I wouldn’t call myself successful yet at incorporating narrative structures that aren’t popular and aren’t considered saleable in my work. As a newer writer, I have spent so much time absorbing and learning story structures touted by modern English literature. This has its own satisfaction when executed well, of course, but I would like to be more multidimensional in my work eventually
Themes, though. I believe I couldn’t tell (or try to tell) the stories I’m truly passionate about had I not been fluent in more than one language. The mainstream publishing world has cultivated an appetite for stories that perpetuate structural exclusion. Coming at storytelling after being marinated (as it were) in a different cultural context, I have navigated issues from multiple perspectives. That really helps catapult me into a torrent of “what ifs.”
The English language is pliable. Mainstream sensibilities, curated as they are by stakeholders who have historically smoothed over atrocities and have been discouraged from the discomfort of self-reflection, are less so. I see there is still a long way to go until a wide range of stories that feel like home to me are given a home. And yes, that affects my starting point when approaching my own writing. Paradigms currently reign as default positions that can feel like a cop-out even when diverse characters are given space. This is reflected in the language for sure, and I’m interested here in the absences and empty spaces where I would expect a character’s core to be. The end result is not representative in an impactful way to my mind, despite the occasional stray samosa, mangled linguistic reference, or exoticised surface trope. I do understand that stories with these can still be enjoyable to many! My point is as an author I’m hoping for more from my work.
But is there also a flipside, an expectation to see certain tropes in a certain way, making it harder to transform the material? Or preventing you from telling stories where these influences aren’t visible at first glance (or at all)?
It’s something to think about — what would a story look like if these influences weren’t visible. I feel the influences, even when ostensibly quiet, dominate the writing nonetheless. When writing in English there are certain expectations that can be fused into surface story when the setting is a typically “othered” culture. It’s not necessarily every storyteller’s job to work in opposition to these, but how they are addressed and engaged with I think indicates the skill of a master storyteller.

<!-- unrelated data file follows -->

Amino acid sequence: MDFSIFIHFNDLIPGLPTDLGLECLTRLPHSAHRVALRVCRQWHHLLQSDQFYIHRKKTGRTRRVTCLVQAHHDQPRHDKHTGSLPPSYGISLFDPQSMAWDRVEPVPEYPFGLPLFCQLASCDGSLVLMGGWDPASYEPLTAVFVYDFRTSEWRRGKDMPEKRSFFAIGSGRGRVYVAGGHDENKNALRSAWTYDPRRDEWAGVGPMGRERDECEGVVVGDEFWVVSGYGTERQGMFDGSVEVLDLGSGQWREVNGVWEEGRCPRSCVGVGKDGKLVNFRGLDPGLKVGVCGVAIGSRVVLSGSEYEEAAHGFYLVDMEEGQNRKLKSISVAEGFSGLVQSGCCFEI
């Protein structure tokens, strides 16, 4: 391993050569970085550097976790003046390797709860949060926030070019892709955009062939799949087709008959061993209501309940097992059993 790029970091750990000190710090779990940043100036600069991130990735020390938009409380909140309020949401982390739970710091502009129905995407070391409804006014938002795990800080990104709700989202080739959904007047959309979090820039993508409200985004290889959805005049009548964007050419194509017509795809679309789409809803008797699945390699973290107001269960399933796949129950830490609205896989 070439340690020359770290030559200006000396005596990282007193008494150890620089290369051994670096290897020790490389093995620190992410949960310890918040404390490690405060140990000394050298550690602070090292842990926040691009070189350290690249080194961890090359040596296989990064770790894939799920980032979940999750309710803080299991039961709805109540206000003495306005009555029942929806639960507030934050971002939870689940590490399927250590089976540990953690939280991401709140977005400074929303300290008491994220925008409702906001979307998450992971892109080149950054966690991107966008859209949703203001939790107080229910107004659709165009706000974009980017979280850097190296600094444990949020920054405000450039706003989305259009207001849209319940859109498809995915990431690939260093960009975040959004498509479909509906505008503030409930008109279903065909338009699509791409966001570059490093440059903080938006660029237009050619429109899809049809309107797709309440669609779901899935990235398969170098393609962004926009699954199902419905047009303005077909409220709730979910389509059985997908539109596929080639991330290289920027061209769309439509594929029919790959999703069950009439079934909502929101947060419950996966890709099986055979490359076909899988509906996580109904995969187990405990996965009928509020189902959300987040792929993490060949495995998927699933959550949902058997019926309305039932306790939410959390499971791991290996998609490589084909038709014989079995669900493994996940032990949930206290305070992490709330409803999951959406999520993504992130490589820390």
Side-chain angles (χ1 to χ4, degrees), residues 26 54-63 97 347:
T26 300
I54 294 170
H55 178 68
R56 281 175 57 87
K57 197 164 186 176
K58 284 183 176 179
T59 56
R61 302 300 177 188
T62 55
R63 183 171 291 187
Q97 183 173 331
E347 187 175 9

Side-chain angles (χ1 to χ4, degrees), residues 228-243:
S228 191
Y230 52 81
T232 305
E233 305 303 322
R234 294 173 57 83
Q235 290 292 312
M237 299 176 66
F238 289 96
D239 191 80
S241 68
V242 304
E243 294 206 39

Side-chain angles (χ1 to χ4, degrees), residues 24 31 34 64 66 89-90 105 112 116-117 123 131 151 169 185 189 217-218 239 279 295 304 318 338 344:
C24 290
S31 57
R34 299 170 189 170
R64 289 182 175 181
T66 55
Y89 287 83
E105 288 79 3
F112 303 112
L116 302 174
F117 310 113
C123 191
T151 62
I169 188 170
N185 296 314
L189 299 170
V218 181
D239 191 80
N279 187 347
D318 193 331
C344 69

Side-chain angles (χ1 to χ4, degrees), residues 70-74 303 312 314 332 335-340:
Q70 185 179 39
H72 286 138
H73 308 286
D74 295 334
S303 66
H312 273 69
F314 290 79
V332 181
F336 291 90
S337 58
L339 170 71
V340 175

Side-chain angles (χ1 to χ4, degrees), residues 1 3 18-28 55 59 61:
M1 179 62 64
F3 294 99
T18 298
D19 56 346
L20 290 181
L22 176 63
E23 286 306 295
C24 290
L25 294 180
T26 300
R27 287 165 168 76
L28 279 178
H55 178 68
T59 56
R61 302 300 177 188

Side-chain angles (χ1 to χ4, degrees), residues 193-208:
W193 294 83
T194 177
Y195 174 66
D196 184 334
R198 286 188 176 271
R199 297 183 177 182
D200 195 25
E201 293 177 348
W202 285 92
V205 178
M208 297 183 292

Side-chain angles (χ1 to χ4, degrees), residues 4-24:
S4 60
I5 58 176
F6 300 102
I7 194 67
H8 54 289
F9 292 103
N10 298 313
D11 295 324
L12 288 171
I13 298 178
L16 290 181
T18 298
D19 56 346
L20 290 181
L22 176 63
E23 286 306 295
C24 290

I would like to write from a position where I don’t feel constrained in the telling of stories with certain features just because people will assign them their own associations that I do not intend to direct them towards. I feel this is very unfair. It means I may have to work harder towards having fully fleshed out stories – the worlds within losing time wrestling to be something beyond the supposedly colonised parameters the English written worded analysis has historically put them in. This story then has to spend time proving or disproving certain notions in relation to these assumptions. I don’t mean to say it’s never fun to lean into surface stories and the assumptions they bring, or that these assumptions are never true. Just that something meaningful to me in terms of culture and religion may not carry the same associations for English readers as they do to me.
Circling back to the layer of language: is there a favorite word (or concept) in Urdu you wish you could transfer to English?
I would have to be a lot better at Urdu, I think, to identify the best answer to this question! If I had to pick something, I like the grammatical construct borrowed by Urdu from Persian called “izaafat”(اضافت). This mainly pertains to poetry and poetic prose.
In which one word is placed first, its descriptor second, and the two are connected with the vowel sound “e.” Instead of a descriptor, the second word can also be a word possessed by the first with the “e” in between the two.
For example, “roz-e-naakaam” would mean day-of-unsuccess. Which could read as an unsuccessful day, or the day of the failures. “Chashm-e-nam” would mean eyes-teary. Or teary eyed.
Used effectively izaafat can result in a tumult of sensory immersion in a couplet given as asides that add to the progression of understanding melding into the main idea.
Additionally, izaafat contributes to the work of the couplet which has been described by the poet Ghalib (who was himself an unparalleled expert) as the creation of meaning (“maa’nii-aafriinii”). In fact, in a truly great poem izaafat facilitates a multivalent sentence structure, opening the way to a multiplicity of meanings and readings. For example, “sabaq-e-shauq” used in one of Ghalib’s verses would mean lesson-of-zeal, or zeal’s lesson. But is it a lesson for zeal? Or a lesson taught by zeal? It’s a grammatical construct that frees sentences, and perhaps thereby our own thoughts, from a narrow horizon.
Thank you so much for your observations about the impact of culture and history on narratives, and for evoking the images of stray samosas and paper boats made of words!
Look for Fatima’s forthcoming story in Fantasy Magazine, and listen to more of her thoughts on speculative fiction in her podcast Saying the Unsayable. She (and her podcast) can be found on Twitter, or on her web page.